My dear Sweatpants & Coffee tribe,
I’ve been in the mental health trenches lately, as perhaps many of you are, and have been. Therapy has been wild. I wrote the other day, “I really get my money’s worth out of these sessions. I’m like one of those people at the Mongolian BBQ place who gets the side-eye from the cashier because their $8.95 one-per-person bowl is just heaped with enough food to feed an entire family. Except my bowl is full of emotional issues.”
If you’re literally paying an expert stranger to listen to your problems, there’s no reason to be apologetic, but still. I want to defend my father to the patient woman sitting across from me, regarding me thoughtfully over the top of her legal pad. There’s no judgment coming from her placid scrutiny, but I’m airing secrets, so I feel guilty.
“He loved me very much. He was a really good dad. He just couldn’t hold that thought in his head, I think.” I pause. She’s waiting, but not expectantly. The best therapists know how to leave space and observe what fills it. “But I mean, I was so little. I didn’t even know what French kissing was. I wouldn’t make up a story about going to kiss a grownup relative goodbye at a party and having him turn his head at the last second and stick his tongue in my mouth. What kid would make up a story like that?”
The trauma (one of many) we’re working on is not the tongue in the mouth – which was just gross and confusing. It’s the schism between what I know happened and what I was later told. “Stop it That’s not true. We don’t say things like that about family!” I did say it, though. And I learned a lesson – just because a thing is real doesn’t mean you should say it or that you will be believed. I didn’t know the word gaslighting then, but even if I had, I’d have felt bad applying it to my parents who were only trying to protect me with what they had: a salve of love and denial. Also, they’re dead, and it feels disrespectful.
It’s taken years to understand that I’m deeply and essentially angry that I was taught to distrust my own perceptions at an early age. And that most of my shame is about that anger. I’m supposed to list my traumas today, and I’m surprised at how embarrassing it is. They seem shabby and insubstantial. Beat-up cardboard traumas.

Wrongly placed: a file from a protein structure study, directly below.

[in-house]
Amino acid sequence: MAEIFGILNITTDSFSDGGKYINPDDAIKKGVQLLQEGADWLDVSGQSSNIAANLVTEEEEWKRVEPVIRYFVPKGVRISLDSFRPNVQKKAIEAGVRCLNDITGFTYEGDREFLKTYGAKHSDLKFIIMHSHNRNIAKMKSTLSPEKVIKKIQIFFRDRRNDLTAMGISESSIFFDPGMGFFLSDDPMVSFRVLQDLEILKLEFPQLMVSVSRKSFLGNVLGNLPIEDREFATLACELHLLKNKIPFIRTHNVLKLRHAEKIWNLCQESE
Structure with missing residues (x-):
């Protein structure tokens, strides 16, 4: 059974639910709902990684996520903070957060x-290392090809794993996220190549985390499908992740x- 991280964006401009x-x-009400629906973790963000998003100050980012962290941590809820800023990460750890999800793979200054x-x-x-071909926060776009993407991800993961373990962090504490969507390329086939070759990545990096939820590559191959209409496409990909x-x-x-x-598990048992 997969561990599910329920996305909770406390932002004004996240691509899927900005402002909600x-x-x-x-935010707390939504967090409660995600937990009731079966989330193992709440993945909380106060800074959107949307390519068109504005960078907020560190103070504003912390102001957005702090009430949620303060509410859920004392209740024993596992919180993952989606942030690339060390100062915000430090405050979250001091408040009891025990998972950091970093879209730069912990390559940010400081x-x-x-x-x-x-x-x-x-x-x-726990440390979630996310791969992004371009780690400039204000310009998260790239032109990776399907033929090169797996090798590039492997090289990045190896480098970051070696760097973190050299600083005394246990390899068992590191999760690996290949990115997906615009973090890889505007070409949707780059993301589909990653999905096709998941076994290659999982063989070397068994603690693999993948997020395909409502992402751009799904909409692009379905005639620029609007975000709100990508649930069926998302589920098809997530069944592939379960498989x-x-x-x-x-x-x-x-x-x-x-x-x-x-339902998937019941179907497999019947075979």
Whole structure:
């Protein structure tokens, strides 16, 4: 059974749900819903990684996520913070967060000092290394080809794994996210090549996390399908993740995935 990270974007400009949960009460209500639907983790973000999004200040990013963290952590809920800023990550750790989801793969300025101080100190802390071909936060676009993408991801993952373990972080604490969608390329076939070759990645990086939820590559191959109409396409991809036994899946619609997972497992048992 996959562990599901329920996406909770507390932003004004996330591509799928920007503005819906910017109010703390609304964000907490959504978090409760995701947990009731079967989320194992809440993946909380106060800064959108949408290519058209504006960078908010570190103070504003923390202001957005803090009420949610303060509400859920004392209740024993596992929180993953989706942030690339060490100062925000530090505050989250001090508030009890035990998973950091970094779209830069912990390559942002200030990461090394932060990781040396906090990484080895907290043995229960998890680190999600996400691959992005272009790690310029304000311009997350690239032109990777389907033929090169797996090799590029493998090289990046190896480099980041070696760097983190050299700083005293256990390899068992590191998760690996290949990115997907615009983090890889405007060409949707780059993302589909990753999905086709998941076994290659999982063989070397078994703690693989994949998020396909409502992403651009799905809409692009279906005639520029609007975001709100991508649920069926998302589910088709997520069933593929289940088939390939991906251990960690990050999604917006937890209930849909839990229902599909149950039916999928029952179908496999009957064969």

Therapy is a show and tell of scars. Scar-gazing.
This one, I got in preschool. This one, on the bus in middle school. This one, in my own house, when I was 19. Oh, yeah – I forgot the one when I was nine; it’s more like a soft-focus movie-memory, but we should probably count it.
“I mean this in the most complimentary way,” says the psychologist. “But you could be a lot crazier. If that makes any sense.”
It does. I burst out laughing. “Well, if that’s your clinical assessment.”
It’s almost illicit – the pleasure of speaking aloud what has always felt true in my bones and being not just heard but validated. The minute I leave this office, I will, of course, immediately begin spackling over this bright relief with a layer of guilt and dissociation. But each time, the layer is thinner and easier to bust through. Eventually, maybe I’ll get tired of cleaning up the mess and just not bother with the covering over. But for now, this is okay.
Sometimes, it can be enough to recognize your scars, and to name them like constellations set in the firmament of the night sky.